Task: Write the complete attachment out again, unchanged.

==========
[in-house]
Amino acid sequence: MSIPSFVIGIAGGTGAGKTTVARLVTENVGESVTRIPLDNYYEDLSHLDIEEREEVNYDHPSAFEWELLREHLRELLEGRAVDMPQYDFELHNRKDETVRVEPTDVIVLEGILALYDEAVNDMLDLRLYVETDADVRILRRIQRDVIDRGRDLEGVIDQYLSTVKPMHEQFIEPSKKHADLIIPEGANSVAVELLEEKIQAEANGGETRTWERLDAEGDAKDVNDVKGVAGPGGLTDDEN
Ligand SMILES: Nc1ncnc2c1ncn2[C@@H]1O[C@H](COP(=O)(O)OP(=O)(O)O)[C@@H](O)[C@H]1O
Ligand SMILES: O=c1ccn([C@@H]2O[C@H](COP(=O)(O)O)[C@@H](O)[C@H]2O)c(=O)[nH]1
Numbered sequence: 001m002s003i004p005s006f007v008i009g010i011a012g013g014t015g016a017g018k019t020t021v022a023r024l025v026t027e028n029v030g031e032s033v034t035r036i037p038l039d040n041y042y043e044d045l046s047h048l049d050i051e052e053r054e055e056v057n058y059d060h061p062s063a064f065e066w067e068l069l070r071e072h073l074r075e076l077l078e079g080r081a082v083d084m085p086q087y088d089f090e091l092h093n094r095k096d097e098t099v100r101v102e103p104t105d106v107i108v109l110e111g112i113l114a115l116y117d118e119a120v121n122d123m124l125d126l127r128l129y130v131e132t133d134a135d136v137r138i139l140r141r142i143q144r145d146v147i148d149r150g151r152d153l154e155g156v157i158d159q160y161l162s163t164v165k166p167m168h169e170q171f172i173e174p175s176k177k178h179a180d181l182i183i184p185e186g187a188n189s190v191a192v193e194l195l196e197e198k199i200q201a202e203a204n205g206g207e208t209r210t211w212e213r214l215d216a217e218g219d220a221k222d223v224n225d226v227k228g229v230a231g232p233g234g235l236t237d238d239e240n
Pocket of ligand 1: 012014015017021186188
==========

[in-house]
Amino acid sequence: MSIPSFVIGIAGGTGAGKTTVARLVTENVGESVTRIPLDNYYEDLSHLDIEEREEVNYDHPSAFEWELLREHLRELLEGRAVDMPQYDFELHNRKDETVRVEPTDVIVLEGILALYDEAVNDMLDLRLYVETDADVRILRRIQRDVIDRGRDLEGVIDQYLSTVKPMHEQFIEPSKKHADLIIPEGANSVAVELLEEKIQAEANGGETRTWERLDAEGDAKDVNDVKGVAGPGGLTDDEN
Ligand SMILES: Nc1ncnc2c1ncn2[C@@H]1O[C@H](COP(=O)(O)OP(=O)(O)O)[C@@H](O)[C@H]1O
Ligand SMILES: O=c1ccn([C@@H]2O[C@H](COP(=O)(O)O)[C@@H](O)[C@H]2O)c(=O)[nH]1
Numbered sequence: 001m002s003i004p005s006f007v008i009g010i011a012g013g014t015g016a017g018k019t020t021v022a023r024l025v026t027e028n029v030g031e032s033v034t035r036i037p038l039d040n041y042y043e044d045l046s047h048l049d050i051e052e053r054e055e056v057n058y059d060h061p062s063a064f065e066w067e068l069l070r071e072h073l074r075e076l077l078e079g080r081a082v083d084m085p086q087y088d089f090e091l092h093n094r095k096d097e098t099v100r101v102e103p104t105d106v107i108v109l110e111g112i113l114a115l116y117d118e119a120v121n122d123m124l125d126l127r128l129y130v131e132t133d134a135d136v137r138i139l140r141r142i143q144r145d146v147i148d149r150g151r152d153l154e155g156v157i158d159q160y161l162s163t164v165k166p167m168h169e170q171f172i173e174p175s176k177k178h179a180d181l182i183i184p185e186g187a188n189s190v191a192v193e194l195l196e197e198k199i200q201a202e203a204n205g206g207e208t209r210t211w212e213r214l215d216a217e218g219d220a221k222d223v224n225d226v227k228g229v230a231g232p233g234g235l236t237d238d239e240n
Pocket of ligand 1: 012014015017021186188